I am going to analyze a novel written by Narinder Dhami, based on a screenplay he produced by Gurinder Chadha. The novel was published in 2002, and the plot takes place in London. The novel is about an Indian girl named Jesminder, who is willing heto sacrifice everything for her passion: Football. She meets difficulties concerning her culture when she is heading for her goal: To play football professionally.
There are seven main characters, Jesminder, her father, her mother, Tony, Pinky, Jules and Joe. Jesminder is the main character and the narrator, which means that we see the story through her eyes. Jesminder is a dreamer who does not care about he “feminine stuff”. There is a clear contrast between Jesminder and her sister Pinky. Pinky is portrayed as a pretty young woman who is going to get married, and all she can think about is her wedding and what clothes to wear. In this setting, the use of contrast has an emphatic function, because it emphasizes Jesminder’s “non-girly” personality.
Jesminder is an intelligent girl, who achieves excellent results at school, but she does not know what to do about her life. Her dad expects her to attend university and then become a solicitor, but that is not her dream. She does not know much about her future, but she knows for sure that she wants to play football. And she does. She plays football with Tony and some boys in the park whenever she has the opening. Tony is her best friend, and he is also close to her family.
One day, a “gora” named Jules appears in the park, and she wants Jesminder to join her team “Hounslow Harrier girls”, and also participate in a tournament. Jesminder accepts the invitation excitingly, even though she knows her parents would disagree with it. Therefore, she decides not to tell them. Jesminder’s mother is a strict woman who dislikes the thought of her playing football and showing off her bear legs. She wants her daughter to follow the Indian tradition and marry an Indian man. To marry a Muslim or a “gora” is not allowed. Jesminder’s coach is named Joe and he is a White Irish Briton. He has a serious knee injury, and Jesminder admires him because the injury does not stop him from coaching. Jesminder can not help herself from feeling envious when she notices that Jules has feelings for Joe. As Jesminder keeps playing football secretly, she falls in love with the game, and also with her coach, Joe, even though it contradicts her culture and her friendship with Jules. Conflicts and misunderstandings occur and increase, as they are getting closer to the end: The final of the tournament.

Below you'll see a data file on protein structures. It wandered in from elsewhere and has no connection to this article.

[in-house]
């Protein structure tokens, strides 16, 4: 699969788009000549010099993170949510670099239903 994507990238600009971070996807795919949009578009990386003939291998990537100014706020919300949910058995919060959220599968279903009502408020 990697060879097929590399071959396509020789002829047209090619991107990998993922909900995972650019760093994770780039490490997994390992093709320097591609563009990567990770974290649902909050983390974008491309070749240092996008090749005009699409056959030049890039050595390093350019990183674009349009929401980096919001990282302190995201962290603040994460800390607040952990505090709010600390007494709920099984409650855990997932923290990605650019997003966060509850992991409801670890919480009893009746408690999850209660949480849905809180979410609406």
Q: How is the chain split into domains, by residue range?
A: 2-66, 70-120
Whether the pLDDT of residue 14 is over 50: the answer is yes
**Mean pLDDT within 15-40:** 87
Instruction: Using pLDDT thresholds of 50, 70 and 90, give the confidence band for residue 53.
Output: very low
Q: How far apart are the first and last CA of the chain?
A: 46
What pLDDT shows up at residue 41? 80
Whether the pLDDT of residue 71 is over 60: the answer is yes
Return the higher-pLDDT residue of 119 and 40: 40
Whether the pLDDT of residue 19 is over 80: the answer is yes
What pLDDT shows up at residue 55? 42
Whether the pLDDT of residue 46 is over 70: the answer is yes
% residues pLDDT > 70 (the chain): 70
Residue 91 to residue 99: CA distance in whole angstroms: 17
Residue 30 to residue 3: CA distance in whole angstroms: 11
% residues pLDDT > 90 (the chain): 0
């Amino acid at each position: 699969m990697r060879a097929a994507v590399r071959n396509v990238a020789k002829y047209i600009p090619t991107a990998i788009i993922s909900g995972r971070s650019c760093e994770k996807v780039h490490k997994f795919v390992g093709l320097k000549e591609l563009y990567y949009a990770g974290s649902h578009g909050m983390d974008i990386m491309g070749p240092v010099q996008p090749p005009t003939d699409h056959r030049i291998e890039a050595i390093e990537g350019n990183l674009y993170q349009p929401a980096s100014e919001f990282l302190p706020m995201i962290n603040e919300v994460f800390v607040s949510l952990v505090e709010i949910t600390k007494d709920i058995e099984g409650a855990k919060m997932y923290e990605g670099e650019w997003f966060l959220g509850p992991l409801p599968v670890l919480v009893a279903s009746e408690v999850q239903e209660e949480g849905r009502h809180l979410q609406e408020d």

The novel is a cliché with a happy-ending, which is a stylistic device in itself. If you get to know the characters and you want things to be sorted out for them, you get a happy feeling when you read the last page, and that is most likely what the author wants to accomplish.
Jesminder behaves and talks to her parents politely, and when she meets family members, she greets them in a traditional Indian way. When she hangs out with her friends, she speaks slang and behaves, to some extend, rougher. Slang words such as “bloody”, “bloke” and “fella” (fellow) are employed. This indicates they are normal teenagers, and the use of words and the plot in itself mainly appeals to teenagers. The word “gora” is used as an invective and it is a designation of white-skinned people. In this novel, the Indian people have prejudices against the English people, and when they meet an English person, they tag them as “a gora”, which is a negatively loaded word.
The title can be interpreted in many ways, depending on the reader. Of course most people would say the title is “bend it like Beckham” because Jesminder’s idol is David Beckham, who is famous for bending the ball into the net. You can also see it this way: Beckham bends the ball into the net, and Jesminder bends the rules to reach her goal.
By reading this book, I have become more aware about disparities between the Indian and the West-European culture. I personally believe the theme/message in the book is to follow your dreams, even though you have to let someone or something down.